The Writer’s Journey by Christopher Vogler is a beautifully written tome that uses the Hero’s Journey (Joseph Campbell) as its template. Vogler, a former Hollywood writer, carefully explains the 12 stages of the hero’s/writer’s journey using well-known books and movies as examples. It’s big, it’s thick. You won’t read it in a weekend. It took me months. But it was worth it, and it was easy to read, introducing this novice to the world of the fully rounded character, with mentors, antagonists, critical decisions, and the full circle of the road back.
On Writing – Steven King (2000, Simon & Schuster)
King’s classic On Writing is part memoir, part craft book, part novel. I couldn’t put it down. Not being a huge horror fan, although I’d read some King fiction in the past, I wasn’t sure what I’d get out of it. But it was so highly recommended that I bought it. And I never regretted it. Other than spelling out in black and white what it takes to be a dedicated, dyed in the wool Writer (King gets the capital W), I learned the human side of a true icon, both loved and hated for his work. The downside of this work? It ended too soon. Seriously, there was no downside.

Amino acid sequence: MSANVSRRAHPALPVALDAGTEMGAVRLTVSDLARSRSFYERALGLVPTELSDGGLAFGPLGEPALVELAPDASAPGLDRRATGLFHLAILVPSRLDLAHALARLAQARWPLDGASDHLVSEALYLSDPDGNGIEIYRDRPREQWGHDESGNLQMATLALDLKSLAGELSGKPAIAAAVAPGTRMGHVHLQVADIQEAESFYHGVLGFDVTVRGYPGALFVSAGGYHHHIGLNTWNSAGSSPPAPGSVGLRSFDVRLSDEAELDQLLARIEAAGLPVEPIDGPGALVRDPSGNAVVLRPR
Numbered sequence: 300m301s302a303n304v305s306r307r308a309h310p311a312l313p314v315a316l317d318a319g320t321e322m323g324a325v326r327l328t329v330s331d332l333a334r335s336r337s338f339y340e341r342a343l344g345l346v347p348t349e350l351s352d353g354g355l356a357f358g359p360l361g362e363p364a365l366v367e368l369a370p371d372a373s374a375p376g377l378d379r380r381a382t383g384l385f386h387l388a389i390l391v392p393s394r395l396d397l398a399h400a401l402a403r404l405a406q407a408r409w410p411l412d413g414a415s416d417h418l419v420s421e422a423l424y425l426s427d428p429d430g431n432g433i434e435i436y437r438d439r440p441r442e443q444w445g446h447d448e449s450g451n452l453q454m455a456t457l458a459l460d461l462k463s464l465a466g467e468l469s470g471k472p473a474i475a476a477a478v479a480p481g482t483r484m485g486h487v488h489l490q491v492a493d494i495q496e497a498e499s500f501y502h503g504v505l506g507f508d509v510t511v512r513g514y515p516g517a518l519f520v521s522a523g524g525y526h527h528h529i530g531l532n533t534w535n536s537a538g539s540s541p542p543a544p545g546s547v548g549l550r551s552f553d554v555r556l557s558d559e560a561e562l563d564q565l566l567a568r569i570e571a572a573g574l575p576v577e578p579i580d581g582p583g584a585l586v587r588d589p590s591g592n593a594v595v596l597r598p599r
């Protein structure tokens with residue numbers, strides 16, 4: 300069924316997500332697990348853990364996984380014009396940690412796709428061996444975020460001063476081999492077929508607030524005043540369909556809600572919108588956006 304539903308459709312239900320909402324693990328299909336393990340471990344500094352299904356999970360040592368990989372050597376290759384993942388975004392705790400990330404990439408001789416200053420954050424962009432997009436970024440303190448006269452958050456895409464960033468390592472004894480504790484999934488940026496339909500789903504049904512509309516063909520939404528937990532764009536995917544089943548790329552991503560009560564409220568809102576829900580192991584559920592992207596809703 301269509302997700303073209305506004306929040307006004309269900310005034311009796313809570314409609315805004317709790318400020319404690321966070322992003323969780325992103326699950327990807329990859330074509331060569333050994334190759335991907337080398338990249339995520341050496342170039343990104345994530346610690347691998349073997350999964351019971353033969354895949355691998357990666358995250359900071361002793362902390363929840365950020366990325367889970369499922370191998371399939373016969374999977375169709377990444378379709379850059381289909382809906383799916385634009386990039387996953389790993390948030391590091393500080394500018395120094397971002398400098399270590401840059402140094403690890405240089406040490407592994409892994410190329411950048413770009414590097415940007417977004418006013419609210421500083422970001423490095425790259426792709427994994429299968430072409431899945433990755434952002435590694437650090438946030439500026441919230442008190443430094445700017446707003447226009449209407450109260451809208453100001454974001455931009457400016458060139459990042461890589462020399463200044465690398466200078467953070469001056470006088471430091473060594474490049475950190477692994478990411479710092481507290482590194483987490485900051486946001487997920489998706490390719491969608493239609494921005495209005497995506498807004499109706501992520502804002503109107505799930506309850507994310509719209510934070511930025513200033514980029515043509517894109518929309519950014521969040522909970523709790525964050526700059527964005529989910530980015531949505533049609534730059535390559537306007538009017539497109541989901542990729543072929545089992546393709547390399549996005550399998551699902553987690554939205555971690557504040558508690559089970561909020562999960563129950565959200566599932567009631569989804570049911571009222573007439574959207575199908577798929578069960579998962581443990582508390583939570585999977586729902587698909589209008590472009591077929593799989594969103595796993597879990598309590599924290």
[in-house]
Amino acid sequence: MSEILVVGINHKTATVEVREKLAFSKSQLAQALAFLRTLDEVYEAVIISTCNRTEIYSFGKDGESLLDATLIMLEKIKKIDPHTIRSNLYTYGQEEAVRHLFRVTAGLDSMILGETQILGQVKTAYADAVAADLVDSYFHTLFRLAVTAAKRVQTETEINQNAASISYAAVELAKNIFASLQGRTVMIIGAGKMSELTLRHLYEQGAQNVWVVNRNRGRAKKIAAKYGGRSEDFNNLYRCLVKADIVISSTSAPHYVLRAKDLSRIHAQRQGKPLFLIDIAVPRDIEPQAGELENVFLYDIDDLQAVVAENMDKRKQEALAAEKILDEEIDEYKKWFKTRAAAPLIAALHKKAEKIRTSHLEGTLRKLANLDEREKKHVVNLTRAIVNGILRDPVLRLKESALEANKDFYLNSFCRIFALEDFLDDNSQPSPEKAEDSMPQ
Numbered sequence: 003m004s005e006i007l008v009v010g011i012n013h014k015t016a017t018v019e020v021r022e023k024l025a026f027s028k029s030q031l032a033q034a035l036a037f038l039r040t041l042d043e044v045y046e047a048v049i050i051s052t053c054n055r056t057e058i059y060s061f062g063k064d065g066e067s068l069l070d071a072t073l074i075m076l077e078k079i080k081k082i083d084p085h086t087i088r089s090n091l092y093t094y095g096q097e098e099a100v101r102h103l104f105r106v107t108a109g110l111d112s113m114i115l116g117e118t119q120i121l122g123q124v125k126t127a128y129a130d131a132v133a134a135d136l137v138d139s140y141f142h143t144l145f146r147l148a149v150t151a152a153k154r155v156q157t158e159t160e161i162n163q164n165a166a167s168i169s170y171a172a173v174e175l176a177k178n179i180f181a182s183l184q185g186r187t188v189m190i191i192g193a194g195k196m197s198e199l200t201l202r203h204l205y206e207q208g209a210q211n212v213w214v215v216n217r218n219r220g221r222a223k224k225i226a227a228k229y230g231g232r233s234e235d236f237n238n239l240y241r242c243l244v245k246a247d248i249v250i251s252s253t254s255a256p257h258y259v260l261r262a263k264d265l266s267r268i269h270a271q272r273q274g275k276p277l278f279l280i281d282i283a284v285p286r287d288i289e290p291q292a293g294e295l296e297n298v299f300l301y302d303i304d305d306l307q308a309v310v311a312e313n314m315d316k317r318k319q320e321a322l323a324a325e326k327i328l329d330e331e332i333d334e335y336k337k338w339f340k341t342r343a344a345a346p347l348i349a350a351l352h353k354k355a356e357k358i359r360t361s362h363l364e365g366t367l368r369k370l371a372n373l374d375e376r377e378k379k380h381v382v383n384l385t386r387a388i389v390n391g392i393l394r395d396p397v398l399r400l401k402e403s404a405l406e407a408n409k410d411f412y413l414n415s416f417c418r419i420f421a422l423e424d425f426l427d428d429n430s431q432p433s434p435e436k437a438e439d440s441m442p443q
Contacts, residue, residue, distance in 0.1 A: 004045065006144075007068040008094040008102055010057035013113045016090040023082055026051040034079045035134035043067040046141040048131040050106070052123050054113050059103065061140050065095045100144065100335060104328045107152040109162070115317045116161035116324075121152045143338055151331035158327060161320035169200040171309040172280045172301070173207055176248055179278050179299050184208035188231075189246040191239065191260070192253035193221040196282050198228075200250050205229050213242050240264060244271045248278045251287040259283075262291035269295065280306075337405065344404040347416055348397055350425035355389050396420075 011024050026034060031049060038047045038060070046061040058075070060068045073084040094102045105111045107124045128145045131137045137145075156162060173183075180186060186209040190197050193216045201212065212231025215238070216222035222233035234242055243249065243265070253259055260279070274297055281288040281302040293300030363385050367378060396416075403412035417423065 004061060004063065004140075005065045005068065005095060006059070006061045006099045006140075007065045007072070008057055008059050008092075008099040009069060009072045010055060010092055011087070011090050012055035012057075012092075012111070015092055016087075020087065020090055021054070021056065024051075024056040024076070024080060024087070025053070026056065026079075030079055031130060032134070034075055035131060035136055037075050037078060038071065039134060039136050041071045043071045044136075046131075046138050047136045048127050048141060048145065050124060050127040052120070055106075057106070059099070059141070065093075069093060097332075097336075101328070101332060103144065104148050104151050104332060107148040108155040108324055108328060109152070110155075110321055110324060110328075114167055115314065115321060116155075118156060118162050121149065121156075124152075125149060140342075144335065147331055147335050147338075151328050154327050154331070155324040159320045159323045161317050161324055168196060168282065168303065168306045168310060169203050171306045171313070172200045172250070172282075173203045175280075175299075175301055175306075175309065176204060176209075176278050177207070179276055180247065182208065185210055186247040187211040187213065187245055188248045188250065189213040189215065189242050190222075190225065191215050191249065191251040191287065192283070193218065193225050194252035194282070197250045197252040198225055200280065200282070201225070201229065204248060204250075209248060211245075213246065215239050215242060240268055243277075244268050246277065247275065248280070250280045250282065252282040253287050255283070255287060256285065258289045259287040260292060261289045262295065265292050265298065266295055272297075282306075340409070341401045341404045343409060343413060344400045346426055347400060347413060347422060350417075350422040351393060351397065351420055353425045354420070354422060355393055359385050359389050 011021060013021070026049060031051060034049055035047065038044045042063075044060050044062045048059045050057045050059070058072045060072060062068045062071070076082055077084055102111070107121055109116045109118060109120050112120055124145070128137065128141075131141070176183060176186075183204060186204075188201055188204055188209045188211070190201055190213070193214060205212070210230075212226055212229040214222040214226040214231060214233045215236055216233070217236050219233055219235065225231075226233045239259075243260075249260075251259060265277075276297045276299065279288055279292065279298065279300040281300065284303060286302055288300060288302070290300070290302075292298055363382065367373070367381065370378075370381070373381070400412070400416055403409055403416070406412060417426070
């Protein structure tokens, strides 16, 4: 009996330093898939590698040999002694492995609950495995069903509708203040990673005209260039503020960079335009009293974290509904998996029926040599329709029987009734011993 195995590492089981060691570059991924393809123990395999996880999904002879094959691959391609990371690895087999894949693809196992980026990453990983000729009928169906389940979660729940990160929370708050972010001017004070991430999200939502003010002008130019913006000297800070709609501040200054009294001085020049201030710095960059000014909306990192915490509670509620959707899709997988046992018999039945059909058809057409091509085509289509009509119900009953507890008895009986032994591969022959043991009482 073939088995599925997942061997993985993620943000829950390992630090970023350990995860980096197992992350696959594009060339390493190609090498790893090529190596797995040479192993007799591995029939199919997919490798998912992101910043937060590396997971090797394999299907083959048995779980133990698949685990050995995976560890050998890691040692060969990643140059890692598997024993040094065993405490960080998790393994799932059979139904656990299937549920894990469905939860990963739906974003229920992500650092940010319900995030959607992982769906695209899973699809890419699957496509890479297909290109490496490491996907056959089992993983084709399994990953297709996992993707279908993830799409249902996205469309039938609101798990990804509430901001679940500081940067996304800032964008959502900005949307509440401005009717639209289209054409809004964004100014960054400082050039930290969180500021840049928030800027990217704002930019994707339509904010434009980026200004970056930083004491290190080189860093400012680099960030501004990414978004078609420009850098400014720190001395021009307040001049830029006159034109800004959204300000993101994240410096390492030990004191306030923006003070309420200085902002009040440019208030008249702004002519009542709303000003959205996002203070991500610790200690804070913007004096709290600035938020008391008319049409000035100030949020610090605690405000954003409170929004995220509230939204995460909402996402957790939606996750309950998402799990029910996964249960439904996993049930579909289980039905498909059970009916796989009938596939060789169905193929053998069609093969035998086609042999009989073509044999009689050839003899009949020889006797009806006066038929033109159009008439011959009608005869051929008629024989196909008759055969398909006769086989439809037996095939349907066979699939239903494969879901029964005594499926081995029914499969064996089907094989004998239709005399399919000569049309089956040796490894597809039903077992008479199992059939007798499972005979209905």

Big Magic – Elizabeth Gilbert (2015, Penguin/Random House)
Big Magic is the only thing I’ve read by Elizabeth Gilbert. No, I didn’t read Eat, Pray, Love (gasp). Perhaps someday. My favorite thing about Big Magic is Gilbert’s sensibleness (really). She makes a point of telling us that she always kept her day job (until Eat, Pray, Love) because she didn’t want to rely on the fickle literary world for her daily bread. That allowed her to write what she wanted to write – without pressure, external deadlines, and the stress of trying to earn enough to live. On the other hand, the part of the book I hold onto is her encouragement, her belief that everyone is creative, and we only need to show up and let our creativity flow through to the page. She believes that ideas find us, and we do with them what we will. If we don’t use them, they go to someone else who will use them. It’s freeing. A beautiful love letter to creatives that warrants rereading.
DIY MFA – Gabriela Perreira (2016, Writer’s Digest Books)